Italian Officials to Reopen Probe of Tainted Blood Transfusions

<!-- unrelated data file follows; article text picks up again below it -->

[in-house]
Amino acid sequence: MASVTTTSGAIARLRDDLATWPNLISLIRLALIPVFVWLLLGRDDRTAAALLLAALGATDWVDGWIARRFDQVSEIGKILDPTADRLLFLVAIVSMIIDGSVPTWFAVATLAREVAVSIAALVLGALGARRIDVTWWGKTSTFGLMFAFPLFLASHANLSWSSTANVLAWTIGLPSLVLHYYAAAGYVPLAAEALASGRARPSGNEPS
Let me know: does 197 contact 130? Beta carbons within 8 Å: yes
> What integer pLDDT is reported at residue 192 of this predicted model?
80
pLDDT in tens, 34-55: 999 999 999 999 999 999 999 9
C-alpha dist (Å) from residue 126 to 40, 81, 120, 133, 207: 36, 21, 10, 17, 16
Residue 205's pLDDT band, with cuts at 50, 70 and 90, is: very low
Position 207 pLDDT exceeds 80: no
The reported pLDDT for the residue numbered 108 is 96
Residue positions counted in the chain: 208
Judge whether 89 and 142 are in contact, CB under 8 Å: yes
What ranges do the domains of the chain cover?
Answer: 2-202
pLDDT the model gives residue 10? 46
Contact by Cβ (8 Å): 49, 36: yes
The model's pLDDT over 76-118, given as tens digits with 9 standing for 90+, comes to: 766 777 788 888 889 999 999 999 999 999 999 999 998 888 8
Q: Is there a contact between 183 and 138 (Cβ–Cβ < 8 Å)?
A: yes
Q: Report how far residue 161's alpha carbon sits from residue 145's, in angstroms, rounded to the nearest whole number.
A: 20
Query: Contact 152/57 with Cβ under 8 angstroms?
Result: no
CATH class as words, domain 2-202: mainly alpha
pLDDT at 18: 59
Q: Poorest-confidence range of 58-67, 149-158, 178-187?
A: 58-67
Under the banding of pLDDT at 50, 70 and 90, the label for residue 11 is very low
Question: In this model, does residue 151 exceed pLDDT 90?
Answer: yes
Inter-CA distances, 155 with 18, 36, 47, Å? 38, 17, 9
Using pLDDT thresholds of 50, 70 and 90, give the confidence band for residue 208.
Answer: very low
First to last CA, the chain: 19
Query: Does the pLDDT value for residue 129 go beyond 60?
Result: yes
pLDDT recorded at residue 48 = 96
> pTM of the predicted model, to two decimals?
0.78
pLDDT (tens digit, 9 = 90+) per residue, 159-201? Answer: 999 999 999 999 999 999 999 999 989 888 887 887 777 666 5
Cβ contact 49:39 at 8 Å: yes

Italian officials will reopen in November their investigation into the government's role in allowing the use of HIV-contaminated blood in transfusions, Reuters Health reports. The investigation, which was halted in December by "technicalities," was looking into charges that former members of the Italian Ministry of Health "allowed blood products contaminated with HIV" to be used during the early years of the epidemic despite the availability of an HIV screening test. The Italian Hemophiliacs Association has said that approximately 3,500 of the country's 5,000 hemophiliacs have contracted HIV or hepatitis as a result of the tainted blood. A 1992 decision by an Italian court said that individuals who become infected through contaminated blood are entitled to compensation of 150 million lira ($70,600) from the health ministry. However, 211 people "directly or indirectly affected by blood infections" filed a complaint against the decision with the European Court of Human Rights, stating that $70,600 is "insufficient" compensation. The European court ruled last week that the Italian Ministry of Justice must pay two billion lira ($941,000) to "some" of the hemophiliacs who contracted HIV or hepatitis and their families. In addition, the Italian Ministry of Economy and Finance has been asked to allocate an additional 12 billion lira ($5.6 million) for compensation. However, this decision was called "unsatisfactory" by the Italian blood transfusion advocacy group Associazione Polittransfusi Italiani. Group President Angelo Magrini said, "We are not satisfied with the decision of the Ministry of Justice. In fact, the payments only cover some of the hemophiliacs who filed complaints, since the rest of the money has not been assigned yet." The association wants the Italian government to create a "solidarity fund" that would provide compensation to people who receive tainted blood through transfusions. Pharmaceutical companies "who have profited from the [tainted] blood products" should also contribute money to the fund, the association added (Reuters Health, 9/21).This is part of the KHN Morning Briefing, a summary of health policy coverage from major news organizations. Sign up for an email subscription.